Lee County Commissioner Frank Mann told members of the Lehigh Acres Community Planning Panel. (LACPP) that the group should consider joining with another group in the community so that the county can get information from just one official group.
"I know I might get myself in hot water here," he said smiling, "but we on the County Commission and staffers in the county get calls and messages from various groups in Lehigh, and sometimes, one group asks us to do one thing, while another group may ask for something else different.
"I'm really here to discuss the future of the LACPP and want to thank you for doing an excellent job in getting a land use plan nearly completed for Lehigh Acres. The results you people have come up with along with the Saturday morning meetings have been important and you as a group have met your mission," he said. County planners have taken over the final planning for the land use plan.
The LACPP began nine years ago at Lehigh Senior High School when community volunteers offered to serve on a board to plan the future of Lehigh Acres as other communities were doing at the request of the county to be included in the comprehensive plan.
Since then, a number of people have come and gone as members of the group. Today there are 15 members on the board and they meet once a month on the second Wednesday.
Just last month, chairman Edd Weiner, resigned and said he was moving to Punta Gorda. That brought Thomas Pfuner as interim chairman to conduct the meeting.
This suggestion from Mann gave the group an opportunity to reexamine its purpose and listening to Mann was difficult for some who have served on the LACPP since its inception.
Tami Baker, the treasurer of the LACPP, said it had been meeting for nine years. She is an executive officer of the Lehigh Community Council, a group of residents who meet on the third Monday night of each month to discuss Lehigh, its issues, and to listen to those who have plans for the betterment of the community.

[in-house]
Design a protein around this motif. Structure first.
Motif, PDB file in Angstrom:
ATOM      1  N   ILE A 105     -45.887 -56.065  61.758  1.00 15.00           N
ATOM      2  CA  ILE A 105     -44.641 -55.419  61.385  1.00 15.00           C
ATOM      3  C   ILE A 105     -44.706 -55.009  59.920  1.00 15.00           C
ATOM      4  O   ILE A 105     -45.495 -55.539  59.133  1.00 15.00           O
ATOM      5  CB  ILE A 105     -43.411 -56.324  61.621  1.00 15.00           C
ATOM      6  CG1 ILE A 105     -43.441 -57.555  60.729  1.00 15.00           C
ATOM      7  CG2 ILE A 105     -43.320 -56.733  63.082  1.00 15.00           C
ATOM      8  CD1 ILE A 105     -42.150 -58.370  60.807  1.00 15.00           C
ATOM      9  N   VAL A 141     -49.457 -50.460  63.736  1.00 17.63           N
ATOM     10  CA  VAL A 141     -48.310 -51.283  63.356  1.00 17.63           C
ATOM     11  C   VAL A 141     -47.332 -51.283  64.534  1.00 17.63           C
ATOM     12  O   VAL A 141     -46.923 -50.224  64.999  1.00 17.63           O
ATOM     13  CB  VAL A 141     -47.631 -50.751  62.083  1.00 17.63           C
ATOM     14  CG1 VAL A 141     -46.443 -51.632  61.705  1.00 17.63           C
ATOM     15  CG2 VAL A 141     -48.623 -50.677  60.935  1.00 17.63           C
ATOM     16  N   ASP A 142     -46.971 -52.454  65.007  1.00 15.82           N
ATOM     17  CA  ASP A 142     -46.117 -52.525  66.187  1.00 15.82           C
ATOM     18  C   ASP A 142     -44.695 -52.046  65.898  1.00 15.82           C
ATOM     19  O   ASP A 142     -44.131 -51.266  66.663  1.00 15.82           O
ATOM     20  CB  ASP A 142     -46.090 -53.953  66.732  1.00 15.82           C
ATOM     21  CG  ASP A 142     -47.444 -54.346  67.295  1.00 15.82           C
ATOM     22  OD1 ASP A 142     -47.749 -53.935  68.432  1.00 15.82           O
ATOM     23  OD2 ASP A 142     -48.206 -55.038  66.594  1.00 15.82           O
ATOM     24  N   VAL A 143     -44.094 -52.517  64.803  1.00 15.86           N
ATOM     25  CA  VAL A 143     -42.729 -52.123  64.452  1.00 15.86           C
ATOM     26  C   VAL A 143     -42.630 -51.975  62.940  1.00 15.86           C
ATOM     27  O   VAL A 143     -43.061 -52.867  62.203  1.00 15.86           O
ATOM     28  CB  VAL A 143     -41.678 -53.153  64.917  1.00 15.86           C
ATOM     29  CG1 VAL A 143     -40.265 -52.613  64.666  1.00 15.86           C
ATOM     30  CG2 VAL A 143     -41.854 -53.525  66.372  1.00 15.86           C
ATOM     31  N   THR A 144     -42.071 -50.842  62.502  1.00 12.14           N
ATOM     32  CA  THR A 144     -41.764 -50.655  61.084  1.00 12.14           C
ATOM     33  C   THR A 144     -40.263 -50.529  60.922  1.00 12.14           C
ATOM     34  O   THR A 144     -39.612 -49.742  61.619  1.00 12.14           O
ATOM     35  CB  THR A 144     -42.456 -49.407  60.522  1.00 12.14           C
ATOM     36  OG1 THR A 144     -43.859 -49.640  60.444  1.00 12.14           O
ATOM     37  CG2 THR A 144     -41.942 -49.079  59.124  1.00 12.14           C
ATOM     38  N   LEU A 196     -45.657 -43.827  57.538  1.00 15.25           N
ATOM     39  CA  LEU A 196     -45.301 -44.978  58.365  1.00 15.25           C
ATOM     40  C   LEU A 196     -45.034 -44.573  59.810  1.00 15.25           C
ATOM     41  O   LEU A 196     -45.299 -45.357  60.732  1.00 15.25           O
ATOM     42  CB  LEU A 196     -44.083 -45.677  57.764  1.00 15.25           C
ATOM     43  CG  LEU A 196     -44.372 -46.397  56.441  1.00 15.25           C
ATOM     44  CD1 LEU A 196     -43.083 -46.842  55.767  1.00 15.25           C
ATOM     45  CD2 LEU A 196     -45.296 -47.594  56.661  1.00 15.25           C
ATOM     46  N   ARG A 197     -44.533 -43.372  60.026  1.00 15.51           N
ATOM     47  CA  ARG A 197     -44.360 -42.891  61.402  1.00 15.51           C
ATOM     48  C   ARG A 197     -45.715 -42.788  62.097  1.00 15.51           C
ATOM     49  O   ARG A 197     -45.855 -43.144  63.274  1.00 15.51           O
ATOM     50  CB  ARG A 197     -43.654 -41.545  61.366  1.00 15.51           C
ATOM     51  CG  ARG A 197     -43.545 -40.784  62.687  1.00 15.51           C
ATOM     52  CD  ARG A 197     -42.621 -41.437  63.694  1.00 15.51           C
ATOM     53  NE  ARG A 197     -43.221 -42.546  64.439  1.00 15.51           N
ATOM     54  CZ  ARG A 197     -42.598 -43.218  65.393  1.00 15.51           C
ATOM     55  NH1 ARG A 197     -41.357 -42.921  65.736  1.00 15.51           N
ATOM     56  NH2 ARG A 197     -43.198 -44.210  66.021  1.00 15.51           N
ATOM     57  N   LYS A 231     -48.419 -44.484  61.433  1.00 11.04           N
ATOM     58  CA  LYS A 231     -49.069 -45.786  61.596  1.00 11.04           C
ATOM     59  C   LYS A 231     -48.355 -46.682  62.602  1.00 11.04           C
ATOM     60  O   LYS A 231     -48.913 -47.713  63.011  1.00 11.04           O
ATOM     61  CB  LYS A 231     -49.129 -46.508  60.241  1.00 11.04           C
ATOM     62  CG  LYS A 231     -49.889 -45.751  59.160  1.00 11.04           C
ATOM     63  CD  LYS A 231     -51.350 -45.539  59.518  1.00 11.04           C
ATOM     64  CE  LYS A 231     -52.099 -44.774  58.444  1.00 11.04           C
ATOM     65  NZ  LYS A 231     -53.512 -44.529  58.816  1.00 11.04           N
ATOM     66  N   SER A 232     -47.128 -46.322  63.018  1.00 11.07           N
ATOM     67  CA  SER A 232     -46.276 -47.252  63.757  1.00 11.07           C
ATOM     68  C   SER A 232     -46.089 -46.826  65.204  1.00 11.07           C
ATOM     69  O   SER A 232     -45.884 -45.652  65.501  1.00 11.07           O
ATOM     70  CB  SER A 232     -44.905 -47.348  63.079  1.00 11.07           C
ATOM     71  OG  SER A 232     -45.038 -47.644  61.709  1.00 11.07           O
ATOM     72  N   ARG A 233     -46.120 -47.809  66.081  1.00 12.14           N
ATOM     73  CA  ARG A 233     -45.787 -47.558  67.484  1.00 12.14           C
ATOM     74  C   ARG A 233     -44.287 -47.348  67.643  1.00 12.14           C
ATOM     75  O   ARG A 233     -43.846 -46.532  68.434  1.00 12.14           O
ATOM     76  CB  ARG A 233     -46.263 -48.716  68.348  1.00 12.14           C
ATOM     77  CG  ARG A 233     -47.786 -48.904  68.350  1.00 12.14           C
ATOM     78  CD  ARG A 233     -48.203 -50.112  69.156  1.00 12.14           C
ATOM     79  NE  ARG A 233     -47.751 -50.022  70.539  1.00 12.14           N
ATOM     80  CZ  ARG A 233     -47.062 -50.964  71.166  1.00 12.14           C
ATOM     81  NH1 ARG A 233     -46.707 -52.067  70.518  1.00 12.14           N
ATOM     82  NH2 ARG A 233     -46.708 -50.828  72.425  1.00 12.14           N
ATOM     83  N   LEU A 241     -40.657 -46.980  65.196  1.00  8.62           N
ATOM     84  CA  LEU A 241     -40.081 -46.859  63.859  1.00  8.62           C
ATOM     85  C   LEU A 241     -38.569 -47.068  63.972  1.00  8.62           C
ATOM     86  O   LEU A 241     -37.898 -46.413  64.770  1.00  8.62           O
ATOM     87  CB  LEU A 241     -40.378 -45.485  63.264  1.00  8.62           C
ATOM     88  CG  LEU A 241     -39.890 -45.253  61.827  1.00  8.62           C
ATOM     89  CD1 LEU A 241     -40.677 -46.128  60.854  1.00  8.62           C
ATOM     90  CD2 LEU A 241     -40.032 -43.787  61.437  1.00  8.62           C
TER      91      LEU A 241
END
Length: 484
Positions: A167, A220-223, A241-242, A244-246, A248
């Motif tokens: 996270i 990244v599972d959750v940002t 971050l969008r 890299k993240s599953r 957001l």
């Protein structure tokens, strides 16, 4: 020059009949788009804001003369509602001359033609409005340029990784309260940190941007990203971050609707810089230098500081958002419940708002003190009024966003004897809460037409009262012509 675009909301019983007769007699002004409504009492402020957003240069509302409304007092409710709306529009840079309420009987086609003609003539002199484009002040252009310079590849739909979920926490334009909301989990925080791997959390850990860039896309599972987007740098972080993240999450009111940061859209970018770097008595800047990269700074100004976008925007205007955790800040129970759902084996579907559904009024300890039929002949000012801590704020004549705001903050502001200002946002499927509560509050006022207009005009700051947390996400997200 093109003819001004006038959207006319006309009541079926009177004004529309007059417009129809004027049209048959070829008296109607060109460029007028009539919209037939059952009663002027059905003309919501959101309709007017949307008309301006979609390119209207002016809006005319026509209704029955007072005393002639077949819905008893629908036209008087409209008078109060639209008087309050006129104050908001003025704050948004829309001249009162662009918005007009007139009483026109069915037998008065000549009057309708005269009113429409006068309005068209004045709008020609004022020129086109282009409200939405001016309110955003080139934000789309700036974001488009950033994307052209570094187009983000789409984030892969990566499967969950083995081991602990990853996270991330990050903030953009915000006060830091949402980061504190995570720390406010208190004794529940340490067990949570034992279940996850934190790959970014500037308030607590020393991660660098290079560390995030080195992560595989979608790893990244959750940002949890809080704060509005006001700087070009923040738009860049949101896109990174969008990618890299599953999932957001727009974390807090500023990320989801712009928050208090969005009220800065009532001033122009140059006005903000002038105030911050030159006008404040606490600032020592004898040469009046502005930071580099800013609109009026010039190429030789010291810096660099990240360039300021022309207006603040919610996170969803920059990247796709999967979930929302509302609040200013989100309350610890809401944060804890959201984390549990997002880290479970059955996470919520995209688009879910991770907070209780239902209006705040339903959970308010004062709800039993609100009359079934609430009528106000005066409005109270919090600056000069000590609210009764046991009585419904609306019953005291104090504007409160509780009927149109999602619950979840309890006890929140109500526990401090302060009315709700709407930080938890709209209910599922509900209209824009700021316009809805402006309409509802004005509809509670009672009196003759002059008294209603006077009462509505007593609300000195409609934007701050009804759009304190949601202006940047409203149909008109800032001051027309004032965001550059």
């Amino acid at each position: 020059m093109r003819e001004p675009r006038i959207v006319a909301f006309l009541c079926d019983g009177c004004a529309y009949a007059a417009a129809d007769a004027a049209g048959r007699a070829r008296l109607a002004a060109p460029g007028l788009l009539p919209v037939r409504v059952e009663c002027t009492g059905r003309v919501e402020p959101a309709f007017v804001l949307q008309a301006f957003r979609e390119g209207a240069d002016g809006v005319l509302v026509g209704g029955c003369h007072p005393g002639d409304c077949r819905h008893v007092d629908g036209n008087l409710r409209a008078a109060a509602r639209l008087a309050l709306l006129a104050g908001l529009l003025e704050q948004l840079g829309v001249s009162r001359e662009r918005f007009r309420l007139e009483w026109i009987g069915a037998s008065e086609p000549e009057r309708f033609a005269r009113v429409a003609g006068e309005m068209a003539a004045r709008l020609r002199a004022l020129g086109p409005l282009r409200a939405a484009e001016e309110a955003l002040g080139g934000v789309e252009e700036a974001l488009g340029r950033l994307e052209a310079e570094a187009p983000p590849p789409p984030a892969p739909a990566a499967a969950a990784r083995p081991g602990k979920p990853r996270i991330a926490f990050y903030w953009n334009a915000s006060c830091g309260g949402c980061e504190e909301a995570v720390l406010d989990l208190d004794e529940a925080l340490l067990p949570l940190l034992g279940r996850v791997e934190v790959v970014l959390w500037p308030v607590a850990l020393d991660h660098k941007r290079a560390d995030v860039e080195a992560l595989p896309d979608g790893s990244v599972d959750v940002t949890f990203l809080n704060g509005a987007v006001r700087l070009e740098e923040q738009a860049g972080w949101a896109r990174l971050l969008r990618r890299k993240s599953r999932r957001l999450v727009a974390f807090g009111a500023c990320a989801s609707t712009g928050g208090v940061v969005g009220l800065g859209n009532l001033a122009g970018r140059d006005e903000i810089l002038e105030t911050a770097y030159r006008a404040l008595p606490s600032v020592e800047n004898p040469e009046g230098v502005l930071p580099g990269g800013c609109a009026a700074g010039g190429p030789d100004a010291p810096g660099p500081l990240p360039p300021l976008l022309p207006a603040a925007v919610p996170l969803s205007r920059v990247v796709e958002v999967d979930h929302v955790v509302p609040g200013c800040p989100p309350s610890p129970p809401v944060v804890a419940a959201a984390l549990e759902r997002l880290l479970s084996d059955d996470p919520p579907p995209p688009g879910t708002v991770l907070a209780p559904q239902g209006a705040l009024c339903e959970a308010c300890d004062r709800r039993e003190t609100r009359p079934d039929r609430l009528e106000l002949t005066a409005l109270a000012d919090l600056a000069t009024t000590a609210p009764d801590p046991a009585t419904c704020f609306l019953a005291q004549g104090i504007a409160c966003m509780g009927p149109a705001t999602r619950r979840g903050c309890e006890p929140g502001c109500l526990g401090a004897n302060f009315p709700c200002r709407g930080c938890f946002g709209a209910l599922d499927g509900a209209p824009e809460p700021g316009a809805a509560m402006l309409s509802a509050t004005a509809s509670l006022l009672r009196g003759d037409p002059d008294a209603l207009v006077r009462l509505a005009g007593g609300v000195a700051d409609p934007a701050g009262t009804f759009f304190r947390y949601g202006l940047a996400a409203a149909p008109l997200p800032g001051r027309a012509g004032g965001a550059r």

The request from Mann came hard for at least one member of the LACPP. It was Frank LaRosa who has served on the board since the beginning, and who has been active in other affairs in Lehigh, and once served a time on the Lee County Health Systems board of directors as an elected member for the hospital group.
"It's a little bit of a sore spot with me concerning the Community Council," LaRosa said. "We have been an active group and in my opinion have done more in our time than they have done in all the years they have been meeting."
But Commissioner Mann said it was time, he thought, for the members of the LACPP "to fold their tents," as he put it and become a part of the Community Council in Lehigh.
Tami Baker, a member of both the LACPP and the Community Council, said she had been asked by the Community Council to invite the members of the planning group in Lehigh to join them and become an important part of their organization.
And Mann joined in and said if the LACPP would become a part of Community Council, it would be one group of volunteers in Lehigh, all working together, "to send us one message."
"That's what we need if we are to move along now," Mann said.
Members of the planning group in Lehigh, 14 of them present, said they would attend the meeting Monday night (Aug. 19) and discuss the matter with the Community Council.